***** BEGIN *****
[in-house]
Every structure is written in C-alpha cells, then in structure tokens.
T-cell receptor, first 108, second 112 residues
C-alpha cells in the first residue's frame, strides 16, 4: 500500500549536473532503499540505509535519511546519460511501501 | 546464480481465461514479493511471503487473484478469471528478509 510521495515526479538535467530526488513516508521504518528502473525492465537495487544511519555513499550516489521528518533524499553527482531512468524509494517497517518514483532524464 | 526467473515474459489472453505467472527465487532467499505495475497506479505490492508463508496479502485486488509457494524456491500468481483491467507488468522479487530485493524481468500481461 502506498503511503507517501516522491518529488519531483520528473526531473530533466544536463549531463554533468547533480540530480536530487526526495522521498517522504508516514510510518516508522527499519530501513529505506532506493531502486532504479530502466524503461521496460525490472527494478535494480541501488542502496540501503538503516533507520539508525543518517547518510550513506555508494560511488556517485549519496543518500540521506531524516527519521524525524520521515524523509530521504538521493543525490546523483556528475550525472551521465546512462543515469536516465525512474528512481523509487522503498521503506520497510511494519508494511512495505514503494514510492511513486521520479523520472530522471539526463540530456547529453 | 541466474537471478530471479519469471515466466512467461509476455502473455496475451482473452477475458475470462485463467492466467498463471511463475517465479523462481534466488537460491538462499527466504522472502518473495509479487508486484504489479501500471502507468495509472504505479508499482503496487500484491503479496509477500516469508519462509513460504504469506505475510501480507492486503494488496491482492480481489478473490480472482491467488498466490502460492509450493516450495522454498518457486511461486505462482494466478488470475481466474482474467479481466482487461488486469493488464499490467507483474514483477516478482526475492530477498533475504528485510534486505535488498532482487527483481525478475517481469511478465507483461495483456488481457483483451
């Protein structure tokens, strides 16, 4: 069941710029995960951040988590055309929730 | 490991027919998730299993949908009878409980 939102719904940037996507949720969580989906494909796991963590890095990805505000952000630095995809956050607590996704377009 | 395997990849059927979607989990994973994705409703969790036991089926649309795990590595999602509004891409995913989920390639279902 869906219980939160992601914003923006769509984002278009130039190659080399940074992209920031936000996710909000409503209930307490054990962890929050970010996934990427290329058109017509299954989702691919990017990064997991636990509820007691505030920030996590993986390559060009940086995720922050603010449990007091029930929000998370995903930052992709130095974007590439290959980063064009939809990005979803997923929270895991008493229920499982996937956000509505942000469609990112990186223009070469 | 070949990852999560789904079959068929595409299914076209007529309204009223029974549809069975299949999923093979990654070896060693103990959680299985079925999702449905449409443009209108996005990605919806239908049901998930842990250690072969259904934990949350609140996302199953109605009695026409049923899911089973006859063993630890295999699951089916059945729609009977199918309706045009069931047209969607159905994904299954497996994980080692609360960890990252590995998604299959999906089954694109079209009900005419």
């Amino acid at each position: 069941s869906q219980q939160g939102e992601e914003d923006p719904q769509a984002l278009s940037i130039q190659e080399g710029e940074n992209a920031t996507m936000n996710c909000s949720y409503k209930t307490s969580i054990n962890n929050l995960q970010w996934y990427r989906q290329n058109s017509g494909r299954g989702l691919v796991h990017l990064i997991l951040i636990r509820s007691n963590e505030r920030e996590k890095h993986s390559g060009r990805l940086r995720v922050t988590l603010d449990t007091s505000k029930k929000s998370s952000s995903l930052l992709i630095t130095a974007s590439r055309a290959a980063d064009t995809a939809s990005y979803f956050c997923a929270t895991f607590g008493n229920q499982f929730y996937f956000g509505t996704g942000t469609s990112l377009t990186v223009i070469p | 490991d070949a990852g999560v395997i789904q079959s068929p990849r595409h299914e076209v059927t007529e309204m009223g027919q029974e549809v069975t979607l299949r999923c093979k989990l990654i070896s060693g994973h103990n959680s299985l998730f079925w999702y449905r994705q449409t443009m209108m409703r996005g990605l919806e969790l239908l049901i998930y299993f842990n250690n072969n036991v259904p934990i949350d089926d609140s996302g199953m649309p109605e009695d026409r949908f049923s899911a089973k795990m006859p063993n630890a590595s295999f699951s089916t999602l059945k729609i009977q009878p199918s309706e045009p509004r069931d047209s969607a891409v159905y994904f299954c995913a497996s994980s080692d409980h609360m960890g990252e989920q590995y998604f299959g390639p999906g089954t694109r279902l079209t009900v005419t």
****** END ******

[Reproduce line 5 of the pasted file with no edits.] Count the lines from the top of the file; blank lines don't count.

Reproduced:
């Protein structure tokens, strides 16, 4: 069941710029995960951040988590055309929730 | 490991027919998730299993949908009878409980 939102719904940037996507949720969580989906494909796991963590890095990805505000952000630095995809956050607590996704377009 | 395997990849059927979607989990994973994705409703969790036991089926649309795990590595999602509004891409995913989920390639279902 869906219980939160992601914003923006769509984002278009130039190659080399940074992209920031936000996710909000409503209930307490054990962890929050970010996934990427290329058109017509299954989702691919990017990064997991636990509820007691505030920030996590993986390559060009940086995720922050603010449990007091029930929000998370995903930052992709130095974007590439290959980063064009939809990005979803997923929270895991008493229920499982996937956000509505942000469609990112990186223009070469 | 070949990852999560789904079959068929595409299914076209007529309204009223029974549809069975299949999923093979990654070896060693103990959680299985079925999702449905449409443009209108996005990605919806239908049901998930842990250690072969259904934990949350609140996302199953109605009695026409049923899911089973006859063993630890295999699951089916059945729609009977199918309706045009069931047209969607159905994904299954497996994980080692609360960890990252590995998604299959999906089954694109079209009900005419």